On May 23, 2017, pembrolizumab achieved a milestone in oncology care when it obtained accelerated FDA approval for a biomarker-specific indication regardless of tumor site origin.6,13 The tissue-/site-agnostic indication is for the treatment of microsatellite instability–high (MSI-H) or deficient mismatch repair (dMMR) adult and pediatric patients with unresectable or metastatic solid tumors. Patients with solid tumors must have had disease progression following prior treatment and have no satisfactory alternative treatment options; metastatic colorectal cancer (mCRC) patients, specifically, are candidates for pembrolizumab only after disease progression on fluoropyrimidine, oxaliplatin, and irinotecan. The accelerated approval was based on tumor response and the duration of response seen in a pooled analysis, with continued approval contingent upon a confirmatory trial. The prescribing information limits use in pediatric patients with MSI-H central nervous system cancers because safety and efficacy in this population have not been established. Dosing is 200 mg flat dose (adults) or 2 mg/kg (pediatric patients) intravenous (IV) every 3 weeks.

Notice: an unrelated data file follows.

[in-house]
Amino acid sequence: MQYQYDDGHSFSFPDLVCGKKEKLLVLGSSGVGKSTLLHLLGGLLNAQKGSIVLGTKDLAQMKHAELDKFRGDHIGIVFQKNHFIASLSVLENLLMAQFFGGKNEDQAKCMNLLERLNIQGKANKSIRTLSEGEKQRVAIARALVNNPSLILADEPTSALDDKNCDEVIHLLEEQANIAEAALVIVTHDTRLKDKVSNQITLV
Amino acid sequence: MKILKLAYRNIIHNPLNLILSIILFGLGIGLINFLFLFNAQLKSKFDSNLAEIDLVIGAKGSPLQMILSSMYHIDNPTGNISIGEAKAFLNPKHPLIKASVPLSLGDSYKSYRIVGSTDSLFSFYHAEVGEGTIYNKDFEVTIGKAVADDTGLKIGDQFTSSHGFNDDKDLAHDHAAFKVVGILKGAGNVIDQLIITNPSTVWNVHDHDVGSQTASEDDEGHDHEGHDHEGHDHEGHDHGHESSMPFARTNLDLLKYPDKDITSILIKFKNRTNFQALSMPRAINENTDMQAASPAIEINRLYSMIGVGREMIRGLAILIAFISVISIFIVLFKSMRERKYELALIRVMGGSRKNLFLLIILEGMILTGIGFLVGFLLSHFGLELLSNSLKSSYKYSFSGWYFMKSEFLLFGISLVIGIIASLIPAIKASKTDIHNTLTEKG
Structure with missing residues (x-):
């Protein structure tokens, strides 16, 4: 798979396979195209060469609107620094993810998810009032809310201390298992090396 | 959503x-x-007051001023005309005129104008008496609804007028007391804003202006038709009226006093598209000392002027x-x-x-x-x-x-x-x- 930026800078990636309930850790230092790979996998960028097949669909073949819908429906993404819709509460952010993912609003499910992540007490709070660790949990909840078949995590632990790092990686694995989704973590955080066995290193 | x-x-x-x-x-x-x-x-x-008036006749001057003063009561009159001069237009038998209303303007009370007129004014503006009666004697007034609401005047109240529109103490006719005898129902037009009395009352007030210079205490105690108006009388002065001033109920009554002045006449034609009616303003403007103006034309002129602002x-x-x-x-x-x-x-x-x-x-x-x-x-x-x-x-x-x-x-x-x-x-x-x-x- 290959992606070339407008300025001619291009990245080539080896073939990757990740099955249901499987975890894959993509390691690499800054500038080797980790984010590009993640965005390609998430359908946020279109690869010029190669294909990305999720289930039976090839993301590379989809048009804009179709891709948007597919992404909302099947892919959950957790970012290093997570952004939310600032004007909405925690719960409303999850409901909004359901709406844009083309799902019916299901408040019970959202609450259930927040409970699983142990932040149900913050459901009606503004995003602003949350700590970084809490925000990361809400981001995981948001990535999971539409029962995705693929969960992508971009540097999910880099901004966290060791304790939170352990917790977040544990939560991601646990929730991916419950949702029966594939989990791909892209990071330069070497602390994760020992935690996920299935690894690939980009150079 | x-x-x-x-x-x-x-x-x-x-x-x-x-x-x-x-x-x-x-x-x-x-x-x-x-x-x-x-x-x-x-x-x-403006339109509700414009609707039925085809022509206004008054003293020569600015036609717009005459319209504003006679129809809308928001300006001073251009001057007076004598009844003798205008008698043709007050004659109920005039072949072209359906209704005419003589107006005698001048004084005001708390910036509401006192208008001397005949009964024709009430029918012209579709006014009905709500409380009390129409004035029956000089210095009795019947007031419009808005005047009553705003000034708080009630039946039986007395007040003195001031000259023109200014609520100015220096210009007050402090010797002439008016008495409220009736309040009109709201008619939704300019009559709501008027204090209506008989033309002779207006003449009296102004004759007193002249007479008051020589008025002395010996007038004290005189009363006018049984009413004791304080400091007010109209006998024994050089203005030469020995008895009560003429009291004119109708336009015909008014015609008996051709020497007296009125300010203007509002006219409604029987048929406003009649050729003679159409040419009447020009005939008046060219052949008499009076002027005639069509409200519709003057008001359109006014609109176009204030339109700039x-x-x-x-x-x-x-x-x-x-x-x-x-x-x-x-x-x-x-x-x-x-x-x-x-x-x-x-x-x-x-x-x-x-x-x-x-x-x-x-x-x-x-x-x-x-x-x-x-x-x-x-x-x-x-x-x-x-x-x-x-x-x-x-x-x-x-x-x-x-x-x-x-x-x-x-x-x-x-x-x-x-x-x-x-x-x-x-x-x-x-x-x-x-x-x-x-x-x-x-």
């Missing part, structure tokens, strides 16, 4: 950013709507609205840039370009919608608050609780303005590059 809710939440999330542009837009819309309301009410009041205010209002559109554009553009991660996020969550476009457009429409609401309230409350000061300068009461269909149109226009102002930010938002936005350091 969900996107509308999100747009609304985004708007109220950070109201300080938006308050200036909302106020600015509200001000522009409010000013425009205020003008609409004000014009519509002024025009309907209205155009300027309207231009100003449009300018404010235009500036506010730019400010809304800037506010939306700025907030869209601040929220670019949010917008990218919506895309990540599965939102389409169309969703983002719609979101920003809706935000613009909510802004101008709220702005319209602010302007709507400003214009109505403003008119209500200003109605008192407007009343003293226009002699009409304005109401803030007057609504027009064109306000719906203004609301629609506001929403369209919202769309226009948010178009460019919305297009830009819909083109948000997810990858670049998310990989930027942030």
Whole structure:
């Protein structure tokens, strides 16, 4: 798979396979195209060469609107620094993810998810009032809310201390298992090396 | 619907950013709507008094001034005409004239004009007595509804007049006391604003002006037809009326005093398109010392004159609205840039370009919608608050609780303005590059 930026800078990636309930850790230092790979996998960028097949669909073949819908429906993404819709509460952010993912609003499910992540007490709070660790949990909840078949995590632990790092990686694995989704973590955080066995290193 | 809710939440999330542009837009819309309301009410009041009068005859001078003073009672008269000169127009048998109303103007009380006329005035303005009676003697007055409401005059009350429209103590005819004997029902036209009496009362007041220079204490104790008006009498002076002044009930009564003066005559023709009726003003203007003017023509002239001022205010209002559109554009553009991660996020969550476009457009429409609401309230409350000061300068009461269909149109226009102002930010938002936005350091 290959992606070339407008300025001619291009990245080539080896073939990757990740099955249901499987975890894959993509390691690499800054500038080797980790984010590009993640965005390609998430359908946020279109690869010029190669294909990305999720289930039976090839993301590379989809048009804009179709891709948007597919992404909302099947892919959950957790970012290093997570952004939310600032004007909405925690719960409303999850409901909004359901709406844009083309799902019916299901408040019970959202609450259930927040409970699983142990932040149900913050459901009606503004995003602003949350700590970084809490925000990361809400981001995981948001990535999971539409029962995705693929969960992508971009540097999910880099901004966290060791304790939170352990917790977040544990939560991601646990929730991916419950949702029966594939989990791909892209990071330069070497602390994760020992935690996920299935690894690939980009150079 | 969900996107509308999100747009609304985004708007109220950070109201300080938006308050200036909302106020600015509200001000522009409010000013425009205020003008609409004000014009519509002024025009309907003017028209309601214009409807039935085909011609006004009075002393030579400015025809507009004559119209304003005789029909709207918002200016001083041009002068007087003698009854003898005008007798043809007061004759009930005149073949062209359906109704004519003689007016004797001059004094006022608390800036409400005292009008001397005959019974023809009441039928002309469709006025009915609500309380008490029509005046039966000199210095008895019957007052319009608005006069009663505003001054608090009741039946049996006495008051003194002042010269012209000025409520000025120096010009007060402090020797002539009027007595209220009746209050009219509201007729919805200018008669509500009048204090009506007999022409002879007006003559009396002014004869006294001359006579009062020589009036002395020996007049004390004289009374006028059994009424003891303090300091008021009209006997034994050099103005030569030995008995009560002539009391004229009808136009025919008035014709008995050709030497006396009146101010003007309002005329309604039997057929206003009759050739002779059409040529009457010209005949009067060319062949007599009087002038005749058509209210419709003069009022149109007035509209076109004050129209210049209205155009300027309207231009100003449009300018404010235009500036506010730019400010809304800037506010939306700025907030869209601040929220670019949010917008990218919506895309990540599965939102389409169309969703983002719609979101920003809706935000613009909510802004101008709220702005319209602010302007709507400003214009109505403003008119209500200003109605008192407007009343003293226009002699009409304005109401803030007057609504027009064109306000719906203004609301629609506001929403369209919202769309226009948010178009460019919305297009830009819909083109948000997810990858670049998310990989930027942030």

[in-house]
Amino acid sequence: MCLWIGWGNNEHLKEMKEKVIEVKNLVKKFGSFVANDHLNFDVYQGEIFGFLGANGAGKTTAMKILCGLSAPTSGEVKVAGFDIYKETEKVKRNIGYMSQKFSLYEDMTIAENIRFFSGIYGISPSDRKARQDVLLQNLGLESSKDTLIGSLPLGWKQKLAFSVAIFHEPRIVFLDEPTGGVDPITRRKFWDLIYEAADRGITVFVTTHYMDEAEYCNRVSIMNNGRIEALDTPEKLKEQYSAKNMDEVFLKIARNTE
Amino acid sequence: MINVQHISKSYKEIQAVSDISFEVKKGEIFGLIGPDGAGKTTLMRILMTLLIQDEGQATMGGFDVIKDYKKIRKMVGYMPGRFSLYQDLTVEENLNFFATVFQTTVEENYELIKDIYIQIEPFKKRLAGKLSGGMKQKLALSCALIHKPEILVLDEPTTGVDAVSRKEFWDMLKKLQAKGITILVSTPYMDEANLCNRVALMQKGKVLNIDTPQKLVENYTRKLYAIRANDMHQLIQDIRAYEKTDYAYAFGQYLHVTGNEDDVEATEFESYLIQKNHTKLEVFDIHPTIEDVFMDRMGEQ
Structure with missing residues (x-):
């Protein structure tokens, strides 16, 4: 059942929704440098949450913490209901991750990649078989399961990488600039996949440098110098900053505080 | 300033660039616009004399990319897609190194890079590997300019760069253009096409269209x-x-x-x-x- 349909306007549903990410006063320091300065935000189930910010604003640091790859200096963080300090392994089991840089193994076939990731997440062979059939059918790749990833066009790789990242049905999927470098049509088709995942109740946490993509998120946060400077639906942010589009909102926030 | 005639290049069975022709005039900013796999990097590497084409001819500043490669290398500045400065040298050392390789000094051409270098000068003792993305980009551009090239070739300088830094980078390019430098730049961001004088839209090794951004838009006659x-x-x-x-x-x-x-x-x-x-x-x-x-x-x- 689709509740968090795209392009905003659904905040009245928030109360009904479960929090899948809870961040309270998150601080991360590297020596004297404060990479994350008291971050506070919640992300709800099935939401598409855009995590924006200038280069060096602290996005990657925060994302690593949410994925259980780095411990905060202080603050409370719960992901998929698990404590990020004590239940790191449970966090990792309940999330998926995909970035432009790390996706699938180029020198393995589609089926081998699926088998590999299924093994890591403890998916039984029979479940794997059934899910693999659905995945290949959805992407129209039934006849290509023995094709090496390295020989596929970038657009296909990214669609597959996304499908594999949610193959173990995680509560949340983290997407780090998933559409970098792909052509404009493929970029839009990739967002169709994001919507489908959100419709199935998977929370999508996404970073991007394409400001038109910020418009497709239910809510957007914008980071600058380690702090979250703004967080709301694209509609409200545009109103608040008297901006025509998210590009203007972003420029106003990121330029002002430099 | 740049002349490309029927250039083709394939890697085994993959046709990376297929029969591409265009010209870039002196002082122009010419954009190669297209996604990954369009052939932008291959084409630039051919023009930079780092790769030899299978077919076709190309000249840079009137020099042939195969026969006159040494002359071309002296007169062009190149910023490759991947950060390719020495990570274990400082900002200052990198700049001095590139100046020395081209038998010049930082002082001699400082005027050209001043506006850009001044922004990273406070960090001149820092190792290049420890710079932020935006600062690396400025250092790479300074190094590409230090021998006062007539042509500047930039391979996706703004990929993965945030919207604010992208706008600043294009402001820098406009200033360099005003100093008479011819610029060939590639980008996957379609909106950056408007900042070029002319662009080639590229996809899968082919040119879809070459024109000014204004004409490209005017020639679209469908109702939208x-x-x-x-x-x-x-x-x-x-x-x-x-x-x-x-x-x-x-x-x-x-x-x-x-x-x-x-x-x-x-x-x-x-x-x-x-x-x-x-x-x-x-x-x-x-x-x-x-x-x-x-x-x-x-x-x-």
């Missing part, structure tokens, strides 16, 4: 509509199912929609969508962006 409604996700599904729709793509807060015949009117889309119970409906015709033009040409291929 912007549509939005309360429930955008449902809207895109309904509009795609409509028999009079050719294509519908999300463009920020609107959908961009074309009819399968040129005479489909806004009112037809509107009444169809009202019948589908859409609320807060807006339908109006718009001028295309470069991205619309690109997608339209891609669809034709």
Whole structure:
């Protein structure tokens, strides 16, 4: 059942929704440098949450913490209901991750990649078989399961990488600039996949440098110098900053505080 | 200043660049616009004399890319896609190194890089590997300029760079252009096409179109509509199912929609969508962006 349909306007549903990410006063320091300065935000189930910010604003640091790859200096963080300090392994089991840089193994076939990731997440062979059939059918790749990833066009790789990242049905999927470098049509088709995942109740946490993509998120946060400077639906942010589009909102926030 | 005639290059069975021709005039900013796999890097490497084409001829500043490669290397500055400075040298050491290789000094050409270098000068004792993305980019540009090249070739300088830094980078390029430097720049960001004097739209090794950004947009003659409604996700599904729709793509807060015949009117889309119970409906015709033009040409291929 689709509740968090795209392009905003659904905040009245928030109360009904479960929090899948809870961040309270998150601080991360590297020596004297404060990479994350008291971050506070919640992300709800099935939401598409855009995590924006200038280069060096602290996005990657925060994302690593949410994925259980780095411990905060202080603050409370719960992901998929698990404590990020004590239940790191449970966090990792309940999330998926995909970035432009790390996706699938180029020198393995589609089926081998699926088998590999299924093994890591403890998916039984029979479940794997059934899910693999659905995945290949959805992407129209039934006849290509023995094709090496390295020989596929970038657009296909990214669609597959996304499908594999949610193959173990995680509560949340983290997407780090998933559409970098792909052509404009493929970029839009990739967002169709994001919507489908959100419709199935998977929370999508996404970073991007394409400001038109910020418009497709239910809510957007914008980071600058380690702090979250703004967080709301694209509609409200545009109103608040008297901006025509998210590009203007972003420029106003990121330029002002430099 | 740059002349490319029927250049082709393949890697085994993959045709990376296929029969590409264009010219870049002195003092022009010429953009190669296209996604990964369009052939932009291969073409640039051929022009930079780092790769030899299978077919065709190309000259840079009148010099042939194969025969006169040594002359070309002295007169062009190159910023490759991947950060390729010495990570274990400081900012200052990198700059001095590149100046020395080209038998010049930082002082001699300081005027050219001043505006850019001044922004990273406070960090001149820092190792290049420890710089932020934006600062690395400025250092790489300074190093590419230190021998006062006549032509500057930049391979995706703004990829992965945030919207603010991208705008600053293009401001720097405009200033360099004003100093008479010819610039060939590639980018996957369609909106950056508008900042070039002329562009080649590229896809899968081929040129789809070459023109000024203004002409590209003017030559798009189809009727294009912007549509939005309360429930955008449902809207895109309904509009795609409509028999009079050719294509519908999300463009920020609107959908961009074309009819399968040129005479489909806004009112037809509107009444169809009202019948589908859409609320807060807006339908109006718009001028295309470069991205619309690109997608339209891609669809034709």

Microsatellites are repetitive sequences of deoxyribonucleic acid (DNA) susceptible to errors during replication.14-16 The mismatch repair system functions to correct these insertion or deletion errors; however, when a deficient mismatch repair system is present, this leads to microsatellite instability and causes a highly mutated state. MSI-H tumors can be sporadic or can be associated with hereditary nonpolyposis colorectal cancer (HNPCC), known commonly as Lynch syndrome. Lynch syndrome is characterized by inherited defects in MMR proteins (MLH1, MSH2, MSH6, PMS2).14-17 MSI-H tumors are seen more in the sporadic setting resulting from somatic hypermethylation of the MLH1 promotor (often associated with BRAFV600E mutation in mCRC). MSI-H/dMMR status is tested either by polymerase chain reaction (PCR) DNA testing or via immunohistochemical (IHC) staining to detect the loss of one or more of the mismatch repair proteins.14-16 A variety of malignancies are associated with MSI-H. Colorectal cancer (15%–20%), endometrial cancer (20%–30%), and gastric cancer (8%–22%) are more frequently reported, but this tumor phenotype can be seen to a lesser degree in many malignancies, including cholangiocarcinoma, pancreatic, esophageal, prostate, small-bowel, thyroid, melanoma, ovarian, cervical, head and neck, and renal cell carcinoma.14